It seems like it was Maggie Lyon’s destiny to change the face of Northwestern women’s basketball.
Lyon is entering her senior year at Northwestern and is looking to push the 'Cats to even greater heights than they've seen in her time in Evanston. Her individual success in the context of Northwestern history is unprecedented, as she enters the 2015-2016 campaign as a team captain for the second consecutive season, leads all active Wildcats in scoring (1,197 points), and ranks third in program history in three pointers made (201).
At Big Ten National Media Day on October 15, Northwestern women's basketball coach Joe McKeown said of Lyon's role as a senior: "[Maggie] may be the most underrated player in the Big 10 and is capable of putting the team on her back. I'm looking to her. She's a senior. She's been a four year starter. She's really matured into her role."
The staple of Lyon's game has always been her three-point shooting, as she looks to build off a season in which she ranked fourth in the Big 10 in three-point shooting percentage (.411). Before Sunday's season opening victory against Howard, Lyon has also not gone a game since March 2, 2014 without making a three-point field goal.
But in the rush to revel in Lyon's past success and look optimistically toward the future, it's easy to forget how she started with Northwestern basketball in the first place.
Lyon was born and raised in Wilmette, Illinois, less than 10 minutes away from Northwestern’s Evanston campus. The daughter to a mother who’s basketball coaching career spanned 25 seasons, Lyon’s path to basketball stardom appeared predetermined. She emphasized, though, that she kept her mind open in making her college decision.
“I grew up going to Northwestern sporting events, but I never really dreamt of going anywhere specific,” Lyon said. “I just kind of took things as they went.”
Following her freshman year of high school, Lyon realized it would be problematic juggling her commitments to both her high school basketball and softball teams.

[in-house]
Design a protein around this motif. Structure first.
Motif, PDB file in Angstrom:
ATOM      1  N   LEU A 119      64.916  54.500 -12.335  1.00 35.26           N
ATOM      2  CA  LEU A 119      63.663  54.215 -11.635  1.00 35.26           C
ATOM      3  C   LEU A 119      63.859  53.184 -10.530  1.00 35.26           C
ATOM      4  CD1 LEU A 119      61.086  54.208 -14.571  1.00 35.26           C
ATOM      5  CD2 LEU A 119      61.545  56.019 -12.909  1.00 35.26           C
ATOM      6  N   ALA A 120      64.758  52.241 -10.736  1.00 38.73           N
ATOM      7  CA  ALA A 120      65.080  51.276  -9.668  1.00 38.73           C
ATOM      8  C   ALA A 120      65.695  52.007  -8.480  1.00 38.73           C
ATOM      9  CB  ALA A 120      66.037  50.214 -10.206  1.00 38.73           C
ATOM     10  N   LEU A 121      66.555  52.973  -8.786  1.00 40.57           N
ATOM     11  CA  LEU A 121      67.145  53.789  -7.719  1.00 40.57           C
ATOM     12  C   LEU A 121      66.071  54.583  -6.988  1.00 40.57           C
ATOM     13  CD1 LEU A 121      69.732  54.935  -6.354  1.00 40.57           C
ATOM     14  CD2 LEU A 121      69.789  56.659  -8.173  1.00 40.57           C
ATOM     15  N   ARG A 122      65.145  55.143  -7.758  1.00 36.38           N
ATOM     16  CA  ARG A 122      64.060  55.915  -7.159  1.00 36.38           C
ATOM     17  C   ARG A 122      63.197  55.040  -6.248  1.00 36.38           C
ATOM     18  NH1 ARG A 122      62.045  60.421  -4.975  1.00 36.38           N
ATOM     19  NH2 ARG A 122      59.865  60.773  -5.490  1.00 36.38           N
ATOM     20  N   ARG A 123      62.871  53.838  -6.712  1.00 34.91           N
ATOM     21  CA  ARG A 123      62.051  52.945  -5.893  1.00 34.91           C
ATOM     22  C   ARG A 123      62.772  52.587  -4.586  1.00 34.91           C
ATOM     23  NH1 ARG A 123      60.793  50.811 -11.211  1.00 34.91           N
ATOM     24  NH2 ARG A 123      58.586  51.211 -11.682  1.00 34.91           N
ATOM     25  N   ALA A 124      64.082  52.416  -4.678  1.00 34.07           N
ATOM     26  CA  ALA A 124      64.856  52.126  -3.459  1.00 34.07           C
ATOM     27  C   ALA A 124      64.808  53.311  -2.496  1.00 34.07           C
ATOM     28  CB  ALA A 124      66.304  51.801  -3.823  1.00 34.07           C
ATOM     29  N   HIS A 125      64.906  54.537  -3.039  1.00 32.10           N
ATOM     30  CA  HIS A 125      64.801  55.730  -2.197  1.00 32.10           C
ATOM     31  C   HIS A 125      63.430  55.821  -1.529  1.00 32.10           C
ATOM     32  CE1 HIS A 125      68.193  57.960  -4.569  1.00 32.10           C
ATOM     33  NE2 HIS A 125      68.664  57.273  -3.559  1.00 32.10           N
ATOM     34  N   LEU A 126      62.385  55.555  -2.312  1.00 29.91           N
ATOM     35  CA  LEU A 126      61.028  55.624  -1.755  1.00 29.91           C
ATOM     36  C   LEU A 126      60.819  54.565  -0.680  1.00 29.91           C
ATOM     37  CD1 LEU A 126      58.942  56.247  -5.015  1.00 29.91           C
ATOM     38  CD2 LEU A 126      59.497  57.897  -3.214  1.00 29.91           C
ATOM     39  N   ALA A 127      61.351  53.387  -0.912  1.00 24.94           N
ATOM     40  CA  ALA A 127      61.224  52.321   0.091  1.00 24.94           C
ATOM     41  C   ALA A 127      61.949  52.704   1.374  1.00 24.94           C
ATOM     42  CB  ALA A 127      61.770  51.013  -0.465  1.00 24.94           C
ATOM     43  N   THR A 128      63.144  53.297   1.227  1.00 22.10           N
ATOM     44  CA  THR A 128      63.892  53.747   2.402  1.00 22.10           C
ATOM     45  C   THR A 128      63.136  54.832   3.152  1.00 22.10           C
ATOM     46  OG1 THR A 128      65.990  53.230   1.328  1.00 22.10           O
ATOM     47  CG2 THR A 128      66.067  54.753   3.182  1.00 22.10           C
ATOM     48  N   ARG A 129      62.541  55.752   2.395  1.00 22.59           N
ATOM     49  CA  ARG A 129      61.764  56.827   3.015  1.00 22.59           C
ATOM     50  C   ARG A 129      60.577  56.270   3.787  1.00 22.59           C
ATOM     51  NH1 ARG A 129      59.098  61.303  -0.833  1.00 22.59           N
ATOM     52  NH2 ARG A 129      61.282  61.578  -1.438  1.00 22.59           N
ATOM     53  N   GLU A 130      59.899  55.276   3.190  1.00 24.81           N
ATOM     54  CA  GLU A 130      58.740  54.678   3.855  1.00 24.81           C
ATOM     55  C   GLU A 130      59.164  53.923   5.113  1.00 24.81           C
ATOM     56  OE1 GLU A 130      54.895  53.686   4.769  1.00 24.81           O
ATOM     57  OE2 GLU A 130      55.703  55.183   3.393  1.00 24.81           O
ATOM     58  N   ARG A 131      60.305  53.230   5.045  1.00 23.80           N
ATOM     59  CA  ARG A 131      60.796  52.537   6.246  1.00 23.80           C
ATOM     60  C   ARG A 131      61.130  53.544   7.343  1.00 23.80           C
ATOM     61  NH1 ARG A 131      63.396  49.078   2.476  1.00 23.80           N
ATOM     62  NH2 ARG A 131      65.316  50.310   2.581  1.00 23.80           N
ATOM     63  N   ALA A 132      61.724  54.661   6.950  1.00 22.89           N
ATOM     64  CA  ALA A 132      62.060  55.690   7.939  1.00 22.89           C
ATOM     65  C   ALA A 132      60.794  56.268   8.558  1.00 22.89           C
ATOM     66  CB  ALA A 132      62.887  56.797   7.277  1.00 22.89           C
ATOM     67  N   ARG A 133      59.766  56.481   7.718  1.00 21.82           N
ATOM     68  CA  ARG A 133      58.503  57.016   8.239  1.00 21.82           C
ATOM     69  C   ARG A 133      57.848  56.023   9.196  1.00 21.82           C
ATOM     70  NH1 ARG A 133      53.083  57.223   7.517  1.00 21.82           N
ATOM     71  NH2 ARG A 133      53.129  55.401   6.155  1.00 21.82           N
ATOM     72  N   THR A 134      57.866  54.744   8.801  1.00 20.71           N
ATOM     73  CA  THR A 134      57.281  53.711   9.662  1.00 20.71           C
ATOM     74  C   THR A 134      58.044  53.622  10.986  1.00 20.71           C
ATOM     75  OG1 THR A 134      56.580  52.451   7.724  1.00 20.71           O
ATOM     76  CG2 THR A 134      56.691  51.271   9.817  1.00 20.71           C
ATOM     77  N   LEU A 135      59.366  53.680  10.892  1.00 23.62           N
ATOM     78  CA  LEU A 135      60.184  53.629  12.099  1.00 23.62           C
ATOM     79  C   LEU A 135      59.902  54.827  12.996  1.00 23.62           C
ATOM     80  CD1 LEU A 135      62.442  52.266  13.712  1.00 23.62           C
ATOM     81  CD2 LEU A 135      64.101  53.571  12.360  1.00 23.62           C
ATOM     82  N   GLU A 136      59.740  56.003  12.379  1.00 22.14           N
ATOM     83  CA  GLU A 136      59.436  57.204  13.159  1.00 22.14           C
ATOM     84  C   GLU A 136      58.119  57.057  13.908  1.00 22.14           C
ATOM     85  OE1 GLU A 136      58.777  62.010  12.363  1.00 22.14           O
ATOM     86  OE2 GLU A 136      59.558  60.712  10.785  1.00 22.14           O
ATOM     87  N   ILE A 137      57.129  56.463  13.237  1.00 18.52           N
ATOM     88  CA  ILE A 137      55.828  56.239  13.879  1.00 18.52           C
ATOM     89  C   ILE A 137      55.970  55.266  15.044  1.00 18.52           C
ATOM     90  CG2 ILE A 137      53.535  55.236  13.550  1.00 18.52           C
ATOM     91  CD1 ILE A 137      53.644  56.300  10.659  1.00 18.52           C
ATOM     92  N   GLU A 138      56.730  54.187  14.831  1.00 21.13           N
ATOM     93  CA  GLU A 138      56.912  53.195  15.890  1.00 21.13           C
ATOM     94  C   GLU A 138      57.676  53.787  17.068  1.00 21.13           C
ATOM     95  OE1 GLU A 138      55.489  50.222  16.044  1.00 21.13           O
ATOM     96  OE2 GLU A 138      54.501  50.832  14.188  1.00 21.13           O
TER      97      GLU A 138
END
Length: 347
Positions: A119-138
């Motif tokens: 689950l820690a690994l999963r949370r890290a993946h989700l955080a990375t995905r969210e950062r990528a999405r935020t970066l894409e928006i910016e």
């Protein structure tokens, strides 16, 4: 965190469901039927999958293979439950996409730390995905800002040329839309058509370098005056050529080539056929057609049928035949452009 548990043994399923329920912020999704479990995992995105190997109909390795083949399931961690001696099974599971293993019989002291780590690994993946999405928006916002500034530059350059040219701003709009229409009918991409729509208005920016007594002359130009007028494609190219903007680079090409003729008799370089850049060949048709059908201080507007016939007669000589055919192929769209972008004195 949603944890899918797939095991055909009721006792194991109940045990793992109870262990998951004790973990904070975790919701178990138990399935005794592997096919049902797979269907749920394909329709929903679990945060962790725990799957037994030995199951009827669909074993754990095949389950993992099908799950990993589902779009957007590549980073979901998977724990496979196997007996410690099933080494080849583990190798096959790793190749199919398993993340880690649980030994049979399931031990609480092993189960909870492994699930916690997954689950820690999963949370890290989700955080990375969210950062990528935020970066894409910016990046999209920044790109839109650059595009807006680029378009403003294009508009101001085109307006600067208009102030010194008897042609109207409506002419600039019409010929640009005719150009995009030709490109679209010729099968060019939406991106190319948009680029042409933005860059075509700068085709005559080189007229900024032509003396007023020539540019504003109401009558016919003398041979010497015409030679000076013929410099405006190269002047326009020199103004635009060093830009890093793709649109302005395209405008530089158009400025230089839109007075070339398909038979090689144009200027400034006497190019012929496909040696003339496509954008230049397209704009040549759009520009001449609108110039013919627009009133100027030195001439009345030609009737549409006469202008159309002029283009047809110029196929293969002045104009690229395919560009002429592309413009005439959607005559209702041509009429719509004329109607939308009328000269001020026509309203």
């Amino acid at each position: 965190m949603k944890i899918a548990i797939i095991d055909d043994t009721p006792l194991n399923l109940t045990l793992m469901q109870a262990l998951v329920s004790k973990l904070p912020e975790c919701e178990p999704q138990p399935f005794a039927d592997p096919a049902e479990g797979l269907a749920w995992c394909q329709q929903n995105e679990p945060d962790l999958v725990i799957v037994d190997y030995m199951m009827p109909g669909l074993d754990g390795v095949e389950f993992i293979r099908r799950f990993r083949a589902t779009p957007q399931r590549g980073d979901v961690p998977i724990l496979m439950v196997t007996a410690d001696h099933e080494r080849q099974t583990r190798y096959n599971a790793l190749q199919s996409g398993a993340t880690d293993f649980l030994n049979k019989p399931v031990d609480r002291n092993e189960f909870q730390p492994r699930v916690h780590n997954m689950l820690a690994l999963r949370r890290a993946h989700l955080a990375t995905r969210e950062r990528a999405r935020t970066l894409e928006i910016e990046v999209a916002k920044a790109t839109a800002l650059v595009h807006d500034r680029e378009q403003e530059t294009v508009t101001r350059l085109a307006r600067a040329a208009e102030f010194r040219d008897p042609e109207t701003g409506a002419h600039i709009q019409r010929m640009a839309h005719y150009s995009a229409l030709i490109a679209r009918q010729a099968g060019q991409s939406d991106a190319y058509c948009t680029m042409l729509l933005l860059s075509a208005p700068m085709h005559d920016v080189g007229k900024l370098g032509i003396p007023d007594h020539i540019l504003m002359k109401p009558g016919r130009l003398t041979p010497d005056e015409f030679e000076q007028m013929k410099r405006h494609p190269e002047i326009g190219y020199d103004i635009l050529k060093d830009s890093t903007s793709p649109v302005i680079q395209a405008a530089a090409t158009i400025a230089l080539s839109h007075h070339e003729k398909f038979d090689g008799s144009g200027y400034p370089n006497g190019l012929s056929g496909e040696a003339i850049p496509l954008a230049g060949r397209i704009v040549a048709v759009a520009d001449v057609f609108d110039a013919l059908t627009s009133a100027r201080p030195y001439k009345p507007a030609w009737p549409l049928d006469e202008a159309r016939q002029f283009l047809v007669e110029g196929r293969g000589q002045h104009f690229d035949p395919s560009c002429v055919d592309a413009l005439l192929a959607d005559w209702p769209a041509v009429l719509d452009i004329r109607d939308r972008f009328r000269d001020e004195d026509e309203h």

“My dad’s a huge baseball guy, so I played softball," Lyon said. "That was so much fun, but it was always more of a social sport for me. I made my best friends from playing softball growing up, but I was more serious playing basketball.”
Lyon directed her full attention to basketball after her freshman year and the rest is history. Three All-State selections, 95 wins and 1,870 points later, Lyon found herself the 27th ranked small forward prospect by ESPN in her graduating year of high school, 2012. From there, she received offers from various Division I schools to play basketball, and narrowed her decision down to Northwestern and Vanderbilt.
Lyon, who received honor roll recognition every semester of high school, said she prioritized academics as she crossed schools off her list. However, her decision ended up boiling down to something deeper and more profound than the quality of the schools or their proximity to her home.
“I didn’t just want to go to a school that had an established tradition," Lyon said. "I didn’t want to just be another player in their system. I wanted to build something and be a part of the beginning of tradition."
Lyon’s decision began to pay dividends immediately upon her arrival to Northwestern, as she earned the honor of Big Ten Freshman of the Year in 2012-13, while ranking second on the team in scoring and starting 24 of the 25 games she played in.